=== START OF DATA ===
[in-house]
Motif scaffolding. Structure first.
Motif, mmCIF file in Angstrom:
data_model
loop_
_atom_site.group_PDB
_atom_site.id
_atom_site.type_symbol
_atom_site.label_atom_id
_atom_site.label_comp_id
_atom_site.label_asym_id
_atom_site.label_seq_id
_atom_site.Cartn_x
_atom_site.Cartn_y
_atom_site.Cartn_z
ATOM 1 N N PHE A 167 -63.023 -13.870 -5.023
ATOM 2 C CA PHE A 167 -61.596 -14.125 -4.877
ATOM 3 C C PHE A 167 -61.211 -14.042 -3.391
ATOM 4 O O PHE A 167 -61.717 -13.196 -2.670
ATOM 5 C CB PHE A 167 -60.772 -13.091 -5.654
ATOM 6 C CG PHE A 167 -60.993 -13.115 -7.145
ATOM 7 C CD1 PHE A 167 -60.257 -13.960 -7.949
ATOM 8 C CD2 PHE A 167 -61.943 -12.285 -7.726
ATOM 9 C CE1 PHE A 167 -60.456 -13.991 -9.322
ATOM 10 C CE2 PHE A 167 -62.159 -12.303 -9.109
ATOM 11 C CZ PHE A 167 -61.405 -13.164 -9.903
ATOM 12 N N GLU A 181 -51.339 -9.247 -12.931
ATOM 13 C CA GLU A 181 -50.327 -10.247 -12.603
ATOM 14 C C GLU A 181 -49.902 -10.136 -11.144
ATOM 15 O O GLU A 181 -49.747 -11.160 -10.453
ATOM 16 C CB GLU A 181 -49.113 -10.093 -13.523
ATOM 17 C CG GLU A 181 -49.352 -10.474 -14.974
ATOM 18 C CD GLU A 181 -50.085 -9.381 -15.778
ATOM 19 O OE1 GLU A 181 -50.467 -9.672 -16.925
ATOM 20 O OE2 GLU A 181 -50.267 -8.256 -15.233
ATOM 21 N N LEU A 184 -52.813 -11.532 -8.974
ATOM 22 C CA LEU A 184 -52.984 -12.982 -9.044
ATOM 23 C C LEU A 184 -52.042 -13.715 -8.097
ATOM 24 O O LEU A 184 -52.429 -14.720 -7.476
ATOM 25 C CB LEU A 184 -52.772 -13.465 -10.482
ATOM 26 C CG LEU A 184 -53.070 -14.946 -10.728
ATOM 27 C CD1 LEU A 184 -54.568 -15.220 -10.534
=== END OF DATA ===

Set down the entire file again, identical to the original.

[in-house]
Motif scaffolding. Structure first.
Motif, mmCIF file in Angstrom:
data_model
loop_
_atom_site.group_PDB
_atom_site.id
_atom_site.type_symbol
_atom_site.label_atom_id
_atom_site.label_comp_id
_atom_site.label_asym_id
_atom_site.label_seq_id
_atom_site.Cartn_x
_atom_site.Cartn_y
_atom_site.Cartn_z
ATOM 1 N N PHE A 167 -63.023 -13.870 -5.023
ATOM 2 C CA PHE A 167 -61.596 -14.125 -4.877
ATOM 3 C C PHE A 167 -61.211 -14.042 -3.391
ATOM 4 O O PHE A 167 -61.717 -13.196 -2.670
ATOM 5 C CB PHE A 167 -60.772 -13.091 -5.654
ATOM 6 C CG PHE A 167 -60.993 -13.115 -7.145
ATOM 7 C CD1 PHE A 167 -60.257 -13.960 -7.949
ATOM 8 C CD2 PHE A 167 -61.943 -12.285 -7.726
ATOM 9 C CE1 PHE A 167 -60.456 -13.991 -9.322
ATOM 10 C CE2 PHE A 167 -62.159 -12.303 -9.109
ATOM 11 C CZ PHE A 167 -61.405 -13.164 -9.903
ATOM 12 N N GLU A 181 -51.339 -9.247 -12.931
ATOM 13 C CA GLU A 181 -50.327 -10.247 -12.603
ATOM 14 C C GLU A 181 -49.902 -10.136 -11.144
ATOM 15 O O GLU A 181 -49.747 -11.160 -10.453
ATOM 16 C CB GLU A 181 -49.113 -10.093 -13.523
ATOM 17 C CG GLU A 181 -49.352 -10.474 -14.974
ATOM 18 C CD GLU A 181 -50.085 -9.381 -15.778
ATOM 19 O OE1 GLU A 181 -50.467 -9.672 -16.925
ATOM 20 O OE2 GLU A 181 -50.267 -8.256 -15.233
ATOM 21 N N LEU A 184 -52.813 -11.532 -8.974
ATOM 22 C CA LEU A 184 -52.984 -12.982 -9.044
ATOM 23 C C LEU A 184 -52.042 -13.715 -8.097
ATOM 24 O O LEU A 184 -52.429 -14.720 -7.476
ATOM 25 C CB LEU A 184 -52.772 -13.465 -10.482
ATOM 26 C CG LEU A 184 -53.070 -14.946 -10.728
ATOM 27 C CD1 LEU A 184 -54.568 -15.220 -10.534